Create reusable Components
In order to create profitable products you simply have to create reusable components. Why? Because each time you’re using an existing, working component in a product it saves you time (Yep, you don’t have to invent the wheel again everytime ;) ). Make use of the “develop once, use anywhere” principle. Creating reusable components also connects to the point about product quality, if you’re planning to create a reusable component you have to put more thought into the development process, which in most cases improves the component quality and overall the product quality.
“The money lies in the forest”
Themeforest actually seems to be more profitable than codecanyon (both are existing online markets from envato). E.g. items on codecanyon are barely priced over 30$ (which means 15$ per sale for the author if you’re new) but on themeforest the price range is bigger going up to 70$ per sale. Although those templates involve more initial work to create a good compilation and toolset for a production website I think it pays off because as soon as you have one perfectly good, working template (+a list of good plugins you can use) you can adapt it in order to create some spin offs.
Earned money so far
Codecanyon: 440$ ( +380$ )
Well this is not a lot, but it is something. I also did some freelance contract work as someone contracted me to extend heatmap.js and fix some bugs this month. But hey, that’s not passive income! ;)
My next steps
50 percent income cut, seriously?
Since this 50 percent income cut from codecanyon really started to annoy me I’m going to try to abandon codecanyon in the next few months. I already have a strategy for this move, it is not going to be easy, but if I put enough effort in it I think it is possible. You will hear about the results of the strategy in my next article, but for now it’s time to get some more passive income channels:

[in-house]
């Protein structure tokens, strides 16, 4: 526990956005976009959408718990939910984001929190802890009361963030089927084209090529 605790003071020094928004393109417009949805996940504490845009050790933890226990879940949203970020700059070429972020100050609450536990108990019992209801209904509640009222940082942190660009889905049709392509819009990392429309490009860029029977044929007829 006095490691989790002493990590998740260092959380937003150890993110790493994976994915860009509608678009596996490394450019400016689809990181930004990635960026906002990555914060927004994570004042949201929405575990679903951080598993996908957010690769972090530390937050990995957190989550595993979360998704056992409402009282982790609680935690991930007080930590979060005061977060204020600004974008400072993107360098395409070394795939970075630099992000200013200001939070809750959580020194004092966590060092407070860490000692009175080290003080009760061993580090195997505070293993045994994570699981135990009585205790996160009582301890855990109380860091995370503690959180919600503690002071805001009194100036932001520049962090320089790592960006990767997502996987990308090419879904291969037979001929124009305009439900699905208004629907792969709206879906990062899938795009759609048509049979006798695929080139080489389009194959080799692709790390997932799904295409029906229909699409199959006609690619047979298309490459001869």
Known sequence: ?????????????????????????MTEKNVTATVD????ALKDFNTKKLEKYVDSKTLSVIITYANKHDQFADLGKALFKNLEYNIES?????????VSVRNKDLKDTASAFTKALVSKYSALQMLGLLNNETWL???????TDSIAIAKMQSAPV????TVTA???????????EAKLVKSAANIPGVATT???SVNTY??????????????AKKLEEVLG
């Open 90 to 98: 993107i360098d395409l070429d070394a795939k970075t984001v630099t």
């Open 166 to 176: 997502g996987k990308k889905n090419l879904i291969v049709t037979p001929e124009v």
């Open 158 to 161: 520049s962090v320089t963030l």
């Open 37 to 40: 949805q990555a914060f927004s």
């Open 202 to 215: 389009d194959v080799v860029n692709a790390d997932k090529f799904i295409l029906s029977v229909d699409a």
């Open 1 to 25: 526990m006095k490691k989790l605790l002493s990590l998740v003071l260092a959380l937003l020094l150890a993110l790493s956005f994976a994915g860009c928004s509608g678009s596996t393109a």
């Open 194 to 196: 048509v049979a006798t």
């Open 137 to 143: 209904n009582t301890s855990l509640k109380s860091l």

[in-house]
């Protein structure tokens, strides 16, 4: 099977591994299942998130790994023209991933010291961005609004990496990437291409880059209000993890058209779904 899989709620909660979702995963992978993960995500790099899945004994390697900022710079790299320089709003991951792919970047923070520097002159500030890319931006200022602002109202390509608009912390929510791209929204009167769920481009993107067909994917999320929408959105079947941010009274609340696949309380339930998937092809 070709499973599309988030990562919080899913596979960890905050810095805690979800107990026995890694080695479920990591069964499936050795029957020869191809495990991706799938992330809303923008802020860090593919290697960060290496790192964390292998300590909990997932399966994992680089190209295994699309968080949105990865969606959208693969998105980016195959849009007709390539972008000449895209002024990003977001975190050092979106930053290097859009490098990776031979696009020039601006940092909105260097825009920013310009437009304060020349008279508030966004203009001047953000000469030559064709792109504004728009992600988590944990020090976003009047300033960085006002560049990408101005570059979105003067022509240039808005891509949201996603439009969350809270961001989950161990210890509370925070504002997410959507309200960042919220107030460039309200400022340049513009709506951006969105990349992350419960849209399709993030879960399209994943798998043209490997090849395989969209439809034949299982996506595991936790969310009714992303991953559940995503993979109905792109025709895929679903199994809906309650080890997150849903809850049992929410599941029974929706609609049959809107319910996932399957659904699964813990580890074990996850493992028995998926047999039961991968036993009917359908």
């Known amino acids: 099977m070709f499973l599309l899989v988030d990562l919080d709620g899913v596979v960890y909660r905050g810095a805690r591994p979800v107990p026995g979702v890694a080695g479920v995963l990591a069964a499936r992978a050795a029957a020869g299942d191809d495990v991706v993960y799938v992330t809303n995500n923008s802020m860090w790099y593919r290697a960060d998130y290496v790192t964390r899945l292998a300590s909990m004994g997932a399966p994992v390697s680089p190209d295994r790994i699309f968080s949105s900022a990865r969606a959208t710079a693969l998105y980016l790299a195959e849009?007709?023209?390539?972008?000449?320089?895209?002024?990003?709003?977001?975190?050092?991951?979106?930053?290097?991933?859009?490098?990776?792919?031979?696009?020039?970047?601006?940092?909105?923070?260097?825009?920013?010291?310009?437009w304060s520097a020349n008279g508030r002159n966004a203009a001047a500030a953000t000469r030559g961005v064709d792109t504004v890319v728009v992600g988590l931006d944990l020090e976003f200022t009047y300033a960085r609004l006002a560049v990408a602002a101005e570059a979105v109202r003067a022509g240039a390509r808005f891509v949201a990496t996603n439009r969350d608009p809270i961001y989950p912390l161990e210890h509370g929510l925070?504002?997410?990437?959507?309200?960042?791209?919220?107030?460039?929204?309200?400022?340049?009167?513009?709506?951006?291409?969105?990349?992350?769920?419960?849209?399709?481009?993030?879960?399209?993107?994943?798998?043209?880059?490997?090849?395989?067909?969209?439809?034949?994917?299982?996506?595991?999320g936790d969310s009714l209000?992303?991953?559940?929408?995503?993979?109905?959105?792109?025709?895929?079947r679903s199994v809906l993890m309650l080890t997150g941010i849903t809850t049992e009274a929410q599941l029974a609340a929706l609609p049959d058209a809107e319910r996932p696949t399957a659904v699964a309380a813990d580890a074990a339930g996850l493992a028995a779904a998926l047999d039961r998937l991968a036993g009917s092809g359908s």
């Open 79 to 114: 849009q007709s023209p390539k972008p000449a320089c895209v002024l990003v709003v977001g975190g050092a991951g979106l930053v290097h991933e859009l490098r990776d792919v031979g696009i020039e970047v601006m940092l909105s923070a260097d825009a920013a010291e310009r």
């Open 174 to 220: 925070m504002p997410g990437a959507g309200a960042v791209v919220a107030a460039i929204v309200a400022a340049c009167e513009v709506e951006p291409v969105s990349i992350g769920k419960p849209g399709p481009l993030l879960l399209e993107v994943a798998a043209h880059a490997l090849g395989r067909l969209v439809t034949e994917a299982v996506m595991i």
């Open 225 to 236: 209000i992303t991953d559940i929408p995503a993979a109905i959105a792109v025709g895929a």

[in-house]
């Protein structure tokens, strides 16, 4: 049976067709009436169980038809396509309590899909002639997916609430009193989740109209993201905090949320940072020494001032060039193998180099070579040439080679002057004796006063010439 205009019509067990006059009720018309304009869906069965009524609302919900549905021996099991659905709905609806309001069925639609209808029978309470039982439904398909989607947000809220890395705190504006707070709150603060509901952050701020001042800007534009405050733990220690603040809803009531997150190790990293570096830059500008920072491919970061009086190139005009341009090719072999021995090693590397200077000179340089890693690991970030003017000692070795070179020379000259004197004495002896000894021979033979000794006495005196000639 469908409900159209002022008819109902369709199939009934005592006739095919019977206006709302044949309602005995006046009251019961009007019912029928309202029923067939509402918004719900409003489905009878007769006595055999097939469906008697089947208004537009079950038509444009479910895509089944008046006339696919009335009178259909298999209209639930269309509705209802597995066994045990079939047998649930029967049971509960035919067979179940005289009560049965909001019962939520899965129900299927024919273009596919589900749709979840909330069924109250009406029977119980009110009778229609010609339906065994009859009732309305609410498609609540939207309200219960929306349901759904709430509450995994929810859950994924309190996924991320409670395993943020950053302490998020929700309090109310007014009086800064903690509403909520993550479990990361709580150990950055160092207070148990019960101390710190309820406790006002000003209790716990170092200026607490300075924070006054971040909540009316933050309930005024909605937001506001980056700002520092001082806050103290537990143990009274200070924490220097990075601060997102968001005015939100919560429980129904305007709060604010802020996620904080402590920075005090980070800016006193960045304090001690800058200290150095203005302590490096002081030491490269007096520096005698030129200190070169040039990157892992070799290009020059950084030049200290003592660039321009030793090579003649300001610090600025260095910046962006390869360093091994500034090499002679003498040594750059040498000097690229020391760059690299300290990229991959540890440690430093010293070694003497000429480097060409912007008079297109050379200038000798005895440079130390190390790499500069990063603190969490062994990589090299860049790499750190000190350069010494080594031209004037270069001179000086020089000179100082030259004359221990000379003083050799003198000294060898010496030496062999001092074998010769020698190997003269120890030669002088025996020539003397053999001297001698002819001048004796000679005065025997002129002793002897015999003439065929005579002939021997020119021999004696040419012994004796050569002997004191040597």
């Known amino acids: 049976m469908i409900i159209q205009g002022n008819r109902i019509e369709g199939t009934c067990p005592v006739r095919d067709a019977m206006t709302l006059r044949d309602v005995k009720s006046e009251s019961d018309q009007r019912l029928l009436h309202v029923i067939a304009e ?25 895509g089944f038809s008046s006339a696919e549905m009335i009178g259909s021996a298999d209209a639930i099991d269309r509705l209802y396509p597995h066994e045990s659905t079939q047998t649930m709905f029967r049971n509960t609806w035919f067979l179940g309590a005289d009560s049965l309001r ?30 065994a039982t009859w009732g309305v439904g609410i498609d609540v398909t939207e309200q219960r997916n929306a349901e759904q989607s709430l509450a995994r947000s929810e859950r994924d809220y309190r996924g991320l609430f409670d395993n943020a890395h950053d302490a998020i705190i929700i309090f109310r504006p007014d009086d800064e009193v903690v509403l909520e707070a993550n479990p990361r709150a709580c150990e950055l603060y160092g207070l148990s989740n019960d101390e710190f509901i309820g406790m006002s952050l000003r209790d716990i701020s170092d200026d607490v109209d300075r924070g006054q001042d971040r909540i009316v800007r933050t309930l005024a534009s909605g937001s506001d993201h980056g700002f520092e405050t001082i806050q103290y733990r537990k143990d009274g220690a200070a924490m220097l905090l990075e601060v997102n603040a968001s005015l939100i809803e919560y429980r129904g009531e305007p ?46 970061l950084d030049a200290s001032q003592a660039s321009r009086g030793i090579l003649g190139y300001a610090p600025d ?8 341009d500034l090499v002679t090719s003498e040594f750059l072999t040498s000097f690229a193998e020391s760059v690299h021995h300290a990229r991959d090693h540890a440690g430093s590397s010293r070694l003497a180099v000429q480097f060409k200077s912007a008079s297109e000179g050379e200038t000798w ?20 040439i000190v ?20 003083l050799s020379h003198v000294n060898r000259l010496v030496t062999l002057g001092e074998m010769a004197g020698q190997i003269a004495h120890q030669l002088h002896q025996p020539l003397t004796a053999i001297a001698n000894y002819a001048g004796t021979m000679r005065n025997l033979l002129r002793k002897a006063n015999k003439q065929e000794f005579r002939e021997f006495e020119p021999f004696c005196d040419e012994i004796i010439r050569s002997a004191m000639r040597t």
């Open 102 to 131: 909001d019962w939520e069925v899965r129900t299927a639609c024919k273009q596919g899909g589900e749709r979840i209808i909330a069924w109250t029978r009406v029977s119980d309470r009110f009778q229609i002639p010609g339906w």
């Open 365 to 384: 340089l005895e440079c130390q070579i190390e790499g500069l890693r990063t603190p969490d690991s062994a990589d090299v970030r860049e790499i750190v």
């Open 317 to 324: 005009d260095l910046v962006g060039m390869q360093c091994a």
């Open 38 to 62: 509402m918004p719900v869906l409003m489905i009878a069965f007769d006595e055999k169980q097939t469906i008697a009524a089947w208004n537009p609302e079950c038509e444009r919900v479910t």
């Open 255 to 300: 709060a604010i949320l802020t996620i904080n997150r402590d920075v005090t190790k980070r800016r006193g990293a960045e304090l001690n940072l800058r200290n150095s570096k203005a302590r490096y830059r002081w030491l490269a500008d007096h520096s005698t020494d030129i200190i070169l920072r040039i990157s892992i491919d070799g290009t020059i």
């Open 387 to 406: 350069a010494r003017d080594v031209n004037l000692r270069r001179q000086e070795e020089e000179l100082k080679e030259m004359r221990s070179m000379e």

Investments and new opportunities
I will invest 120$ of my earned money in mobile application developer licenses so I can try another income stream: Mobile Application Development. More specifically I’m going to give mobile advertising a try.
Since I’m a lazy developer and I know a lot about the Sencha Touch Framework I created applications with Sencha Touch 2 and Phonegap (instead of writing code native). At some time (if people like my apps) I will try some advertising strategies with leadbolt. So with the lessons from above in mind I finally came up with my first application:
101 Marriage Proposal Ideas:
It is simple, it generates value for a specific target group and the application’s components are reusable – e.g. a spin off would only take new content and some style customizations.
Please let me know what you think about it!
As simple and controllable as possible.
Generate value for the user.
Create reusable components if possible.
Although the beginning of my journey was not a perfect one I’m proud of my first few dollars passive income. The first two months passed and already I have reached 44% of my first (small) target: 1000$ of passive income within a period of one year. I am really looking forward to seeing how everything turns out the next few months.
I hope you enjoyed the article. If you have some feedback for me, please don’t hesitate to leave a comment or write me a message.
I already wrote a new blog post about Expanding my passive income experiment, check it out :)